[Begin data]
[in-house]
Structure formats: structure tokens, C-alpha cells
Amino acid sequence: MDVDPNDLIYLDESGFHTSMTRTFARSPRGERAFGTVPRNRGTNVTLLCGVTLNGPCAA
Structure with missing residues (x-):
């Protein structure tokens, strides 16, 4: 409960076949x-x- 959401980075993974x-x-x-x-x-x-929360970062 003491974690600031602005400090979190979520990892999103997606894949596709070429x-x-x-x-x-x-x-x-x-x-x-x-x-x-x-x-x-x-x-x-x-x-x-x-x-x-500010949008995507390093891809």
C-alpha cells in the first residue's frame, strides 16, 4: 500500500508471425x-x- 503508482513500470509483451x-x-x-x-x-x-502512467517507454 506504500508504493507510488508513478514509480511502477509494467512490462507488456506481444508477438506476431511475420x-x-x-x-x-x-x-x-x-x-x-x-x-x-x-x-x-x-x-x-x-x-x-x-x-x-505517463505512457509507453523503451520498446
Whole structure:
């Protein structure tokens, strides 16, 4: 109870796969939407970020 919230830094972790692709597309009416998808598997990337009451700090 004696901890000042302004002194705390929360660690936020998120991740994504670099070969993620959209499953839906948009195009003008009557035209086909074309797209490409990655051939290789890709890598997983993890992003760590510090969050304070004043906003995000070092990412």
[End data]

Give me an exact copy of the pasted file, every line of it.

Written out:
[in-house]
Structure formats: structure tokens, C-alpha cells
Amino acid sequence: MDVDPNDLIYLDESGFHTSMTRTFARSPRGERAFGTVPRNRGTNVTLLCGVTLNGPCAA
Structure with missing residues (x-):
């Protein structure tokens, strides 16, 4: 409960076949x-x- 959401980075993974x-x-x-x-x-x-929360970062 003491974690600031602005400090979190979520990892999103997606894949596709070429x-x-x-x-x-x-x-x-x-x-x-x-x-x-x-x-x-x-x-x-x-x-x-x-x-x-500010949008995507390093891809």
C-alpha cells in the first residue's frame, strides 16, 4: 500500500508471425x-x- 503508482513500470509483451x-x-x-x-x-x-502512467517507454 506504500508504493507510488508513478514509480511502477509494467512490462507488456506481444508477438506476431511475420x-x-x-x-x-x-x-x-x-x-x-x-x-x-x-x-x-x-x-x-x-x-x-x-x-x-505517463505512457509507453523503451520498446
Whole structure:
């Protein structure tokens, strides 16, 4: 109870796969939407970020 919230830094972790692709597309009416998808598997990337009451700090 004696901890000042302004002194705390929360660690936020998120991740994504670099070969993620959209499953839906948009195009003008009557035209086909074309797209490409990655051939290789890709890598997983993890992003760590510090969050304070004043906003995000070092990412």